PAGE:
When magma comes close to the surface it heats ground water found trapped in porous rock or water running along fractured rock surfaces and faults. Such hydrothermal resources have two common ingredients: water (hydro) and heat (thermal). Naturally occurring large areas of hydrothermal resources are called geothermal reservoirs. Geologists use different methods to look for geothermal reservoirs. Drilling a well and testing the temperature deep underground is the only way to be sure a geothermal reservoir really exists. Most of the geothermal reservoirs in the United States are located in the western states, Alaska, and Hawaii. California is the state that generates the most electricity from geothermal energy. The Geysers dry steam reservoir in northern California is the largest known dry steam field in the world. The field has been producing electricity since 1960.
Some applications of geothermal energy use the earth's temperatures near the surface, while others require drilling miles into the earth. The three main uses of geothermal energy are:
1) Direct Use and District Heating Systems which use hot water from springs or reservoirs near the surface.
2) Electricity generation in a power plant requires water or steam at very high temperature (300 to 700 degrees Fahrenheit). Geothermal power plants are generally built where geothermal reservoirs are located within a mile or two of the surface.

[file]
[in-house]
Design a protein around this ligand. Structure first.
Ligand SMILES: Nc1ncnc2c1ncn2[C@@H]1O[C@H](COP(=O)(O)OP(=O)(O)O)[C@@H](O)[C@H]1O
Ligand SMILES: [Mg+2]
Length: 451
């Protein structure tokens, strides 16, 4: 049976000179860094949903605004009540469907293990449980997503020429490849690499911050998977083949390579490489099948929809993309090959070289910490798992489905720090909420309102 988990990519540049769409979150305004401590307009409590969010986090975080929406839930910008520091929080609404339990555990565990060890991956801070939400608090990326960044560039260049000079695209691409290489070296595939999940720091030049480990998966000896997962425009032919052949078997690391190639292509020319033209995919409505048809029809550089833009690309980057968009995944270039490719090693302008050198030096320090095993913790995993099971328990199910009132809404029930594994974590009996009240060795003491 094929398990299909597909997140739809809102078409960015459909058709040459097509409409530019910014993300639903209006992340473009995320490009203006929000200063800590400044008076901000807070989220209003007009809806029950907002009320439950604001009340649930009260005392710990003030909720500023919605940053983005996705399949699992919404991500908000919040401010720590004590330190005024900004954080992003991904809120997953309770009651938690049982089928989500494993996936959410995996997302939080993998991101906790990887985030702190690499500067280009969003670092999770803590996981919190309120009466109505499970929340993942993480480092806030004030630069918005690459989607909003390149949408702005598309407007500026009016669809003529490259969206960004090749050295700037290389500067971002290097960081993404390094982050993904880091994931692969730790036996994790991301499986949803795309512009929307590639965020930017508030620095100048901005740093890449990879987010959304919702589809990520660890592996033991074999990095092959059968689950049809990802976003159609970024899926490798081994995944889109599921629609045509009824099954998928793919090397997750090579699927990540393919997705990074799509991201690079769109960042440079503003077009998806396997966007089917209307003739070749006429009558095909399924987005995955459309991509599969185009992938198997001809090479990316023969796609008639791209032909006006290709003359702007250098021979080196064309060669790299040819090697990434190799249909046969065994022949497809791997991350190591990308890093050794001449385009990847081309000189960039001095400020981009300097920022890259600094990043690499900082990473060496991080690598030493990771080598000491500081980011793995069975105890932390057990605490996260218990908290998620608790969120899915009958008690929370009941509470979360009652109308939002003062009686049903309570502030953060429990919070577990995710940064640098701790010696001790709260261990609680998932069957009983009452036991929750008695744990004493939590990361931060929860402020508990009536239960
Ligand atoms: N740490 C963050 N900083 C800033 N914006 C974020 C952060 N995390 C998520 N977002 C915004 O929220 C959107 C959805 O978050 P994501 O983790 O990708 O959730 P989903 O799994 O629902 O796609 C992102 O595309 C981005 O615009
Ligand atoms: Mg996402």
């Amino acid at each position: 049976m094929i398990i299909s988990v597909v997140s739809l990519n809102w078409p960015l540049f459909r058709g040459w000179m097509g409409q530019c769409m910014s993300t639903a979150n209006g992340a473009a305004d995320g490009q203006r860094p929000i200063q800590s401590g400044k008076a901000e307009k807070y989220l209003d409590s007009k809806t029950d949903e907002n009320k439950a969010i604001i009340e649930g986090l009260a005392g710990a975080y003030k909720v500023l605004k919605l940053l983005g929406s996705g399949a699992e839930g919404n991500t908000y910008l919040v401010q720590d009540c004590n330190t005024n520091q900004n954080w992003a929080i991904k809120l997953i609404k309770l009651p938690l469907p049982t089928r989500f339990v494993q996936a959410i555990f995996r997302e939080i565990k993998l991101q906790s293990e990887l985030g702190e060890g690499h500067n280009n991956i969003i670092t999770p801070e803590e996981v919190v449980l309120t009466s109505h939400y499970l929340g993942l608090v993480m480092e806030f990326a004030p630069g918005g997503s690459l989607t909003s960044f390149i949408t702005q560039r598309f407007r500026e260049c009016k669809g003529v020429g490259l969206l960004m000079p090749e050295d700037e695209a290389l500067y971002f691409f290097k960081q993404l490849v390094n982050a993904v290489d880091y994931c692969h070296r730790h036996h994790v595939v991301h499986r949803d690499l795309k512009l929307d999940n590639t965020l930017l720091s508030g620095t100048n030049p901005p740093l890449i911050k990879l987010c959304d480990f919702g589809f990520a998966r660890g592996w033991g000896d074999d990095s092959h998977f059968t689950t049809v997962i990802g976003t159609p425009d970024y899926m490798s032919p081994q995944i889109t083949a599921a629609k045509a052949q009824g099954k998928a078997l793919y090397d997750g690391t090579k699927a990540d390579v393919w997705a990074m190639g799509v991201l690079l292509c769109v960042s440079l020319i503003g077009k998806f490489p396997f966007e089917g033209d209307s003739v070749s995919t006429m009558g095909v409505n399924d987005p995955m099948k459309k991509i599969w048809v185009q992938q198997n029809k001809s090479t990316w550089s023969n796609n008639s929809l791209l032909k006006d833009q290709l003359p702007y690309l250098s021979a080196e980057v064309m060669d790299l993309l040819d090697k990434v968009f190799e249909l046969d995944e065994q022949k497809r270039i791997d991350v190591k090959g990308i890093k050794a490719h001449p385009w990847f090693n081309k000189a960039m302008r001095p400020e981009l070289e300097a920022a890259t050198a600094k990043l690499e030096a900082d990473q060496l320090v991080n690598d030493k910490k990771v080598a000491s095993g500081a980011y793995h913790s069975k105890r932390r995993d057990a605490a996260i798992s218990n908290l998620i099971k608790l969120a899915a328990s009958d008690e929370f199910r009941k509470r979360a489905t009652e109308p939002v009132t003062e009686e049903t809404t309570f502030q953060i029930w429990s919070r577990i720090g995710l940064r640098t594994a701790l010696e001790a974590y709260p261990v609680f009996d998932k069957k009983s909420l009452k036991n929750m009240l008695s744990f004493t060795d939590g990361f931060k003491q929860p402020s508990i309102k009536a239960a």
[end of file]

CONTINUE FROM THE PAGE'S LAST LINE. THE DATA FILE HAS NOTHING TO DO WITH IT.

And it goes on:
3) Geothermal heat pumps use stable ground or water temperatures near the earth's surface to control building temperatures above ground.
The direct use of hot water as an energy source has been happening since ancient times. The Romans, Chinese, and Native Americans used hot mineral springs for bathing, cooking and heating.
Hot water near the earth's surface can be piped directly into buildings and industries for heat. A district heating system provides heat for 95 percent of the buildings in Reykjavik, Iceland.
In Iceland, there are five major geothermal power plants which produce about 26% (2006) of the country's electricity. In addition, geothermal heating meets the heating and hot water requirements for around 87% of the nation's housing. In 2006, 26.5% of electricity generation in Iceland came from geothermal energy, 73.4% from hydro power, and 0.1% from fossil fuels